(Updates official figures)
(CNSNews.com) – As widely anticipated, Vladimir Putin has won another six-year term as president of Russia, securing his biggest victory yet in this his fourth presidential election campaign.
With 99 percent of ballots from the country’s 97,000 polling stations counted early Monday morning, Putin had won 76.6 percent of the votes, according to the Central Elections Commission (CEC).
His past presidential election victories garnered him 64 percent in 2012, 72 percent in 2004 and 53 percent in 2000.
With calls for a boycott and expectations of voter apathy due to the absence of any credible opposition among the seven challengers to the incumbent, a key factor in this year’s election has been voter turnout.
As of 7 PM Sunday Moscow time that stood at 59.5 percent, according to the CEC, although eight hours later the official TASS news agency cited the CEC’s deputy chairman as putting the turnout figure at above 63 percent. Voter turnout in the previous three presidential elections Putin contested was 65 percent in 2012, 64 percent in 2004 and 68 percent in 2000.
TASS reported that larger numbers of Russians abroad voted than had been the case in previous elections. At the Russian Embassy in London, where headlines have been dominated this month by allegations that Russia was behind the attempted murder by nerve agent of a former Russian spy, more than 3,400 votes were cast shortly before polls closed, it said.
The foreign ministry said earlier than almost 400 polling places were set up in 144 countries to offer some 1.8 million Russians living abroad the chance to vote.
Putin briefly addressed and thanked supporters at a rally in Moscow held to mark the fourth anniversary of Russia’s controversial annexation of Ukraine’s Crimean peninsula.
“I would like to tell both those who have gathered here in Moscow and our supporters across our entire country: thank you for this result,” he was quoted as telling the rally, which the interior ministry said attracted some 35,000 people.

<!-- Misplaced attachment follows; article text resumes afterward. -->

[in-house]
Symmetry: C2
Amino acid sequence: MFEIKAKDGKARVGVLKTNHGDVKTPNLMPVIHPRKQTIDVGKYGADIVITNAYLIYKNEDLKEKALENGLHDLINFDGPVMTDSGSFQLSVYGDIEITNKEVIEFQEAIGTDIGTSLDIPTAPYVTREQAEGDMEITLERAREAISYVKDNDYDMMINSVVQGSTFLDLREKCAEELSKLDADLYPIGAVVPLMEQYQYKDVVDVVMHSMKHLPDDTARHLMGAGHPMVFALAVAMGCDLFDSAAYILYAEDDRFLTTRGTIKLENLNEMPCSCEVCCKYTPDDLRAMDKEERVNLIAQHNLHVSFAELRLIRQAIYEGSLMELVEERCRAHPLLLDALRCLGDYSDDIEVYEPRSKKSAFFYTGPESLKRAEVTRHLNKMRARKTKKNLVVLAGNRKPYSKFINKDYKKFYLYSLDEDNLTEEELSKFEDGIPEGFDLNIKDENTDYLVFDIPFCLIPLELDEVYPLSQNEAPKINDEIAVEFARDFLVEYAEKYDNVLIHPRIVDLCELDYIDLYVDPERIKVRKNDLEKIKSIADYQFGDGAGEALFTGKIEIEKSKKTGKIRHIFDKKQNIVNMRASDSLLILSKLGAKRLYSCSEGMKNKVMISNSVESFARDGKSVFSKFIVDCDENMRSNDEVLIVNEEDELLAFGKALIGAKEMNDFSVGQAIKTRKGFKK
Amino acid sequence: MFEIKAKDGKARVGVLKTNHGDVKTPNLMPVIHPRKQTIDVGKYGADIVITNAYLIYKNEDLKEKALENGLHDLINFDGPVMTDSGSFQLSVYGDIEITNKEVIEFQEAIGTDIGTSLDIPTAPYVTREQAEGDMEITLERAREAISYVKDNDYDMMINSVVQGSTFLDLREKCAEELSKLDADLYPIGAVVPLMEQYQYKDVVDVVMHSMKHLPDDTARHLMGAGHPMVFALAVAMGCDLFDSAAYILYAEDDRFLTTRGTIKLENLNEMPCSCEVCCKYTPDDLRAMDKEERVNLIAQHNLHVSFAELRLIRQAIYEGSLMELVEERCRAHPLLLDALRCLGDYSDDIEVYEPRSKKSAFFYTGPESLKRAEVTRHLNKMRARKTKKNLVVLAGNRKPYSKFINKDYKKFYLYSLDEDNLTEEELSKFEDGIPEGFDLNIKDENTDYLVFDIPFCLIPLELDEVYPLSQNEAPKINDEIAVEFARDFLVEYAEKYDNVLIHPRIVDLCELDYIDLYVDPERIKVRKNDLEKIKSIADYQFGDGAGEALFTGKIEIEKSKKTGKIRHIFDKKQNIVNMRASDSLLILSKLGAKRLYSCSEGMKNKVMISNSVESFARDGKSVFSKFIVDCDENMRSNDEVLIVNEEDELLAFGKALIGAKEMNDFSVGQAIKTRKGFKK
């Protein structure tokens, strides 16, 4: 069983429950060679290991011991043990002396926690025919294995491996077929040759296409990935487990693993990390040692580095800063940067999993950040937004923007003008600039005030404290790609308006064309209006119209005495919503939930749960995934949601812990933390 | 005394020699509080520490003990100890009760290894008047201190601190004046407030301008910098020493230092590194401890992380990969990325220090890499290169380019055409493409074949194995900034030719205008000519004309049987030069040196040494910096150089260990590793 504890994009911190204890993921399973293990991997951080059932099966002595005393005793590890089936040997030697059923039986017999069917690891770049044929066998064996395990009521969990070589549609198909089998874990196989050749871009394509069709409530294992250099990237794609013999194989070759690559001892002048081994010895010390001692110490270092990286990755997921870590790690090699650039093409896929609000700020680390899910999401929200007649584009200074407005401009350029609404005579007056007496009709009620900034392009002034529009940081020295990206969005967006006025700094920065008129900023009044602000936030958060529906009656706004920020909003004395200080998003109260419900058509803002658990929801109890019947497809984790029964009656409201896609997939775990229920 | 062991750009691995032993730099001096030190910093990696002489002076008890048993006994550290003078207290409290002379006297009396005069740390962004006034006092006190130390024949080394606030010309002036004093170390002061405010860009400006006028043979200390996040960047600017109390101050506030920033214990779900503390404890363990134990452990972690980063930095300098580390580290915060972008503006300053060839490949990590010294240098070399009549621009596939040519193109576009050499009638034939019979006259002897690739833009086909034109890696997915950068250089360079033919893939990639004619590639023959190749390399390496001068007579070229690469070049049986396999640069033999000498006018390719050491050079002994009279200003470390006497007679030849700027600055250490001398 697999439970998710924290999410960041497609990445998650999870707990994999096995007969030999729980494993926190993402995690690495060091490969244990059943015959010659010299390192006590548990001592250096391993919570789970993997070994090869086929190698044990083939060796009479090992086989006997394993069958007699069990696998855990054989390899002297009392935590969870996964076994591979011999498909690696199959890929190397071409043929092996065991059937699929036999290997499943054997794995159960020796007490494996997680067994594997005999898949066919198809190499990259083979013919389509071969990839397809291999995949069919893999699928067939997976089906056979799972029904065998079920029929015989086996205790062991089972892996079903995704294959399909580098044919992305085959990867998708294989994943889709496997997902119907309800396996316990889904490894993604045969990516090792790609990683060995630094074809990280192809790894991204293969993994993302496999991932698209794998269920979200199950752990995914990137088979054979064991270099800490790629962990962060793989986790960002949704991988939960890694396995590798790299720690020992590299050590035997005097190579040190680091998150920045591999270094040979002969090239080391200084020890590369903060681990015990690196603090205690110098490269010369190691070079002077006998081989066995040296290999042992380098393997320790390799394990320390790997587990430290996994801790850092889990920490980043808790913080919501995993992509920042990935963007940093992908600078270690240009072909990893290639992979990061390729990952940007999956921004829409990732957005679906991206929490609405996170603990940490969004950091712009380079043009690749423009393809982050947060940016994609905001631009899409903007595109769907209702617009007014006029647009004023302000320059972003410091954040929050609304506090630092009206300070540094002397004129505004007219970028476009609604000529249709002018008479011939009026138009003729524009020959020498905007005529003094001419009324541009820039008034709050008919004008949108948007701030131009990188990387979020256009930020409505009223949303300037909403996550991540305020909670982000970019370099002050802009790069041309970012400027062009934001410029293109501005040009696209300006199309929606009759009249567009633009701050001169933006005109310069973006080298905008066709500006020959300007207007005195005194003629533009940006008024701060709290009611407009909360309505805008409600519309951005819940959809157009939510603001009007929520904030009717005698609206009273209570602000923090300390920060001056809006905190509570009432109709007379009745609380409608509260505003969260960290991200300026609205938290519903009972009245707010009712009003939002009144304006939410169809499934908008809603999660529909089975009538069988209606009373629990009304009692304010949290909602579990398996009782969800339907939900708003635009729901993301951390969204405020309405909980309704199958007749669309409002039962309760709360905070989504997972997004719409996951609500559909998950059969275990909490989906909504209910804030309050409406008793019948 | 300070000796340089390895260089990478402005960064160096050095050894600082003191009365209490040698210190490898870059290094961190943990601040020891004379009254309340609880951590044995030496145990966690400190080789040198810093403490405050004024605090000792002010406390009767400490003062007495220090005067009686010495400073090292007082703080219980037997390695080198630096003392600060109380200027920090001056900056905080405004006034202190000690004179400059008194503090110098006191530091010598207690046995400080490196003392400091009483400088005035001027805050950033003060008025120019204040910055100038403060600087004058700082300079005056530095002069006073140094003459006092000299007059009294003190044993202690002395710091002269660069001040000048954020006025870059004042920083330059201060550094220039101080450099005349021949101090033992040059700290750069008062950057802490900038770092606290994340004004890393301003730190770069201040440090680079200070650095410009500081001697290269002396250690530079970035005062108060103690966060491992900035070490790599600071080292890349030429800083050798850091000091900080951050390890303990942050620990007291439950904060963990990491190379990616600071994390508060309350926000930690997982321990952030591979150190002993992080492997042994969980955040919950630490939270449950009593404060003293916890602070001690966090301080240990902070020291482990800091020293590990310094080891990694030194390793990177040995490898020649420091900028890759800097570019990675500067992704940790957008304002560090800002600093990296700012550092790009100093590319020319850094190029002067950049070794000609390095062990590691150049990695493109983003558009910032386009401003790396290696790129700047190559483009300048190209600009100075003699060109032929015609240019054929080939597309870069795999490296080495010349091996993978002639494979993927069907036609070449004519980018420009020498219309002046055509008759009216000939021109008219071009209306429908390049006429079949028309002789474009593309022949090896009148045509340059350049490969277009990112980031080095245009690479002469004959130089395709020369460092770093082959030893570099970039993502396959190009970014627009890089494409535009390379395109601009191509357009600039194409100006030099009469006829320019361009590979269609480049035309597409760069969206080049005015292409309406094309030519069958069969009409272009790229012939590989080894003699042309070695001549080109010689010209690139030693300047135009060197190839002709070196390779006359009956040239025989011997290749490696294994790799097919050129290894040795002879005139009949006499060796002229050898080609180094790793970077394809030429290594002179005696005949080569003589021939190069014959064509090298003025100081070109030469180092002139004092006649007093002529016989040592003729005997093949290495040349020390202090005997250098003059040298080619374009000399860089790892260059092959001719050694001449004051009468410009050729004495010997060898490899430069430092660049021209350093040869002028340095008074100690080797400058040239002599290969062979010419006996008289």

“I see in this at least recognition of what has been done in the recent years in very difficult conditions, trust and hope of our people that we will work as hard, as responsibly and more efficiently.”
Provisional results give the Communist Party’s Pavel Grudinin 11.8 percent of the votes in second place, ahead of Vladimir Zhirinovsky of the ultra-nationalist Liberal-Democratic Party with 5.7 percent.
The one opponent thought likely to offer Putin any realistic opposition, Alexei Navalny, was disqualified from running by the CEC, as a result of an earlier conviction on fraud charges which he and his supporters viewed as trumped-up.
In a blog post, Navalny congratulated Russians who stayed away, saying they had made the correct choice.
Those who did vote, he said, did so in vain.
“These candidates do not deserve your vote. They did not try to earn it, and now they do not make the slightest attempt to protect it,” he wrote. “Stop supporting those who do not care about you. Otherwise, we will always have this way.”
Navalny’s team deployed volunteers and staff to observe polling places across the nation for signs of a repeat of the levels of fraud that sparked large anti-Kremlin protests in 2011 and 2012. They and other observers are expected to issue reports this week, but monitors on Sunday did report some instances of ballot box stuffing and voting by individuals not registered to vote.
Putin has led Russia – as president or prime minister – since 1999. Another six-year term will extend his rule to 2024.